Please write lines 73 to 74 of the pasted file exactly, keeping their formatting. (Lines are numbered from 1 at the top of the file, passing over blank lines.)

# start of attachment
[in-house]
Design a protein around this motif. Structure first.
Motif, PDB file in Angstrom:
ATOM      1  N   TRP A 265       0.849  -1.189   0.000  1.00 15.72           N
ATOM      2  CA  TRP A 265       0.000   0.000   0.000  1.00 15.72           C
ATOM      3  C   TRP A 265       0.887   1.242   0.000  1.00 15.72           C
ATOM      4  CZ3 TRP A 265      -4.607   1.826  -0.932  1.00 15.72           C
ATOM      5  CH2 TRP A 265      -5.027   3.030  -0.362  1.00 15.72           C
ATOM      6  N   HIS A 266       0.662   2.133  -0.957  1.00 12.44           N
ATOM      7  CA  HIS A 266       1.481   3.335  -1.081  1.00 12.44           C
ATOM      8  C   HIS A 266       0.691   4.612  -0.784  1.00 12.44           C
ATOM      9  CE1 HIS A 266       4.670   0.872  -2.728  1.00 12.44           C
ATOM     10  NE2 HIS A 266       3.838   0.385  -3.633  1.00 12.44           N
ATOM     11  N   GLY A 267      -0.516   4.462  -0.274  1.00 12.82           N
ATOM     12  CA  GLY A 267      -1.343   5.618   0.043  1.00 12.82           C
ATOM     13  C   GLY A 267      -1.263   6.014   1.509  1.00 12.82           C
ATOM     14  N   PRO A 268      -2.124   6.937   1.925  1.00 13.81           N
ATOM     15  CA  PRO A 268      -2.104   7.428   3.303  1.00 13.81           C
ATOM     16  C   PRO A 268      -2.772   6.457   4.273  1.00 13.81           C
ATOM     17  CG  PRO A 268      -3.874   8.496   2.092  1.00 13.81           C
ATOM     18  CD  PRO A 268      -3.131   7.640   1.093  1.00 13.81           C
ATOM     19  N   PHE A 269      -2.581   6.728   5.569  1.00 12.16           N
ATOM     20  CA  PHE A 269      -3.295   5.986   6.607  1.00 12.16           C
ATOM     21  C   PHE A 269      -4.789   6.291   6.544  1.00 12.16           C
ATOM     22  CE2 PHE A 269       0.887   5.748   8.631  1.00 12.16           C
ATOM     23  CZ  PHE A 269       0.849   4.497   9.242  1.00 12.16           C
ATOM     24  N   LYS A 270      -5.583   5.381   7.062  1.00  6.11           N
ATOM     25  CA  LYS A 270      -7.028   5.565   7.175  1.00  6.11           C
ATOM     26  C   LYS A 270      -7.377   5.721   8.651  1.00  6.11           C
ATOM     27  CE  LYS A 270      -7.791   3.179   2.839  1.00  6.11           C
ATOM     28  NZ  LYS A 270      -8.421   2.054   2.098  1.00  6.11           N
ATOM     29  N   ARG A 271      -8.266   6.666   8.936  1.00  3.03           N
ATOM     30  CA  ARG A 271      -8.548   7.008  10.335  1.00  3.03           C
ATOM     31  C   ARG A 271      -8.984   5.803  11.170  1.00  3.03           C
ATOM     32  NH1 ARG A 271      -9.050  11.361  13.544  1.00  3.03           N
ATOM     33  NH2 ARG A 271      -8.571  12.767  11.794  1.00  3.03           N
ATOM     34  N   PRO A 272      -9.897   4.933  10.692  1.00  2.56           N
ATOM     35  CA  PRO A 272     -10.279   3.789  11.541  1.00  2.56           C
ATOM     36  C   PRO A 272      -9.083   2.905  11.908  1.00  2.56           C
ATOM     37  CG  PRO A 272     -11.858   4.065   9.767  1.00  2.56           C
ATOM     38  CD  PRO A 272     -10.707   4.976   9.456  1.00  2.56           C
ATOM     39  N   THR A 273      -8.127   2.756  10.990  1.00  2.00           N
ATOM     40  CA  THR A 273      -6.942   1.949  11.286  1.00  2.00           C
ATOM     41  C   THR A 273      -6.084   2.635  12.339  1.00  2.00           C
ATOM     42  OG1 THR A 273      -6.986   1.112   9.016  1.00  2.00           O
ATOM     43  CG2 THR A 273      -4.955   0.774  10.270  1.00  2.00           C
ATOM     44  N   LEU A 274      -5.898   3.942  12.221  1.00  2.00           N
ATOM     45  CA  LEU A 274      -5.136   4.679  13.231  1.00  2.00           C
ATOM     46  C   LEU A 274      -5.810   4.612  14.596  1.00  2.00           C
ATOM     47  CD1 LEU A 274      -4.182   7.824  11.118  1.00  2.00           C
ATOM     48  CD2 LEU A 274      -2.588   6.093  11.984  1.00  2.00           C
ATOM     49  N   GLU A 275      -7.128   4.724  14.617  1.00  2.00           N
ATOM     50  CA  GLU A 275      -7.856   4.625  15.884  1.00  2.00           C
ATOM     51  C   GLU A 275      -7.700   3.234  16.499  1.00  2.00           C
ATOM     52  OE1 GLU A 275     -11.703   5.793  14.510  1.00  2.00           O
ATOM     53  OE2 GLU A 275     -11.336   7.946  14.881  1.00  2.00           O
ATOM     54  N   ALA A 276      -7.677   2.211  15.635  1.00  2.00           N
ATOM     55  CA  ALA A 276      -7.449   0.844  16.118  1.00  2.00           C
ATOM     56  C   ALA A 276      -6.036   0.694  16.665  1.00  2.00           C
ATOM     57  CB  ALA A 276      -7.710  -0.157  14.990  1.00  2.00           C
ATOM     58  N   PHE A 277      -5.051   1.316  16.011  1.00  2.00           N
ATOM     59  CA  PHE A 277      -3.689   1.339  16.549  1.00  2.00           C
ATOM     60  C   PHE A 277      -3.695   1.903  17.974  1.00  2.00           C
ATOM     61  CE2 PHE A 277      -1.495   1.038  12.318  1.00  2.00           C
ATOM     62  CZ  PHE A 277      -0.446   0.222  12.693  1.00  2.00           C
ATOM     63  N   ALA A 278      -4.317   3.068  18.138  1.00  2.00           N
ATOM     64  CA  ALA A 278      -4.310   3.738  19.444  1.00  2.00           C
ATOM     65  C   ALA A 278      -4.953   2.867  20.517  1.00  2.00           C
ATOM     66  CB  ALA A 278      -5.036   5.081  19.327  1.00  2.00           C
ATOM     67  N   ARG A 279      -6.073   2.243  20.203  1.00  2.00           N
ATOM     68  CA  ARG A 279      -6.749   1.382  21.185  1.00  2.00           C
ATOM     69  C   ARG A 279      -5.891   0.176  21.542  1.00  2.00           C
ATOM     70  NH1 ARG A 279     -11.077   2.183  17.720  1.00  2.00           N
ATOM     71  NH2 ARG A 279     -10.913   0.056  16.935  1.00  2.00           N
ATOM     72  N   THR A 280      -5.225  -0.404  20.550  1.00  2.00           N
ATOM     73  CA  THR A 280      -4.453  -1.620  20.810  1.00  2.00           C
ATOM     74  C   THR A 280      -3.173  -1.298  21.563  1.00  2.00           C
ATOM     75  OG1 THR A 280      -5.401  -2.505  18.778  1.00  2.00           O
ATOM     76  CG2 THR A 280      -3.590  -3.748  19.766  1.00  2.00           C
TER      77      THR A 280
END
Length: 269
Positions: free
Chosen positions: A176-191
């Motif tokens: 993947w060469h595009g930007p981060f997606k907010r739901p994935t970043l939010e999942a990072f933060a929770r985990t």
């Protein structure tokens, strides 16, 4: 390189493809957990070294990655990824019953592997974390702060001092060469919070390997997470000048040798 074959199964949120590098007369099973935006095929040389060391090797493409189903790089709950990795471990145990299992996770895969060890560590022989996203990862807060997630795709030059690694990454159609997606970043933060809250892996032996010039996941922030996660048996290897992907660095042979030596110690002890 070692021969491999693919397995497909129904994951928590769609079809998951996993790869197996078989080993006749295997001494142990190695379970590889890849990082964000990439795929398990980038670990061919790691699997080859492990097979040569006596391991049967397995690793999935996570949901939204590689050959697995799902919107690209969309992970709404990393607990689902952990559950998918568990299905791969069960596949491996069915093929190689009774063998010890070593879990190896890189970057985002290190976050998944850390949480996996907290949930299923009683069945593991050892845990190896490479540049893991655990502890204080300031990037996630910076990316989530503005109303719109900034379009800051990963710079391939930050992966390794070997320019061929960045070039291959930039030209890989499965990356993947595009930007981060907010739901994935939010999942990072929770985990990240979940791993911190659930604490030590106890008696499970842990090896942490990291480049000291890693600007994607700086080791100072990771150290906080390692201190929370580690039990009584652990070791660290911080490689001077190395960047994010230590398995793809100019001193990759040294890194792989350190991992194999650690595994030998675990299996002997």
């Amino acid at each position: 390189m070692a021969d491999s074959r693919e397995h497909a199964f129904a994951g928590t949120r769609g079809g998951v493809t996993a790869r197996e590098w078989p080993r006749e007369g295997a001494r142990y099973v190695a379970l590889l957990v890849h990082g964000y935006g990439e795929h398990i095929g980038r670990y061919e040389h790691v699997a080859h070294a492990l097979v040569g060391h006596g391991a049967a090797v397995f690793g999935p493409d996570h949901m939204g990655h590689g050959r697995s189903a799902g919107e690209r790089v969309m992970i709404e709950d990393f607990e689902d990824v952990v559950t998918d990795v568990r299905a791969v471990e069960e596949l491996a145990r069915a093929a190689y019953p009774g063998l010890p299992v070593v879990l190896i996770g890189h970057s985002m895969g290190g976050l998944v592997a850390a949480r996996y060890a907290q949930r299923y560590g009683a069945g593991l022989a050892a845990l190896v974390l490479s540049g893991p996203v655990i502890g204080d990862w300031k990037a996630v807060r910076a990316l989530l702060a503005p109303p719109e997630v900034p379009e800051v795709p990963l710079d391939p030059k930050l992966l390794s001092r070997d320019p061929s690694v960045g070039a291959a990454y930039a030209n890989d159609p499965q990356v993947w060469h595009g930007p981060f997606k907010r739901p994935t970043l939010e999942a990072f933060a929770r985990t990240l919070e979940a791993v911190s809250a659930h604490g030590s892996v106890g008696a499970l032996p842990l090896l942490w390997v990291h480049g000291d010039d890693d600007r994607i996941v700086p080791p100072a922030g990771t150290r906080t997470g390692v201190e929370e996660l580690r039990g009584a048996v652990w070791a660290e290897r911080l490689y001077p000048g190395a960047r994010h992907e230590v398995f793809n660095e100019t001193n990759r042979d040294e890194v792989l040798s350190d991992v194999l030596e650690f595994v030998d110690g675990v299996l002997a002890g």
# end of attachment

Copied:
ATOM     70  NH1 ARG A 279     -11.077   2.183  17.720  1.00  2.00           N
ATOM     71  NH2 ARG A 279     -10.913   0.056  16.935  1.00  2.00           N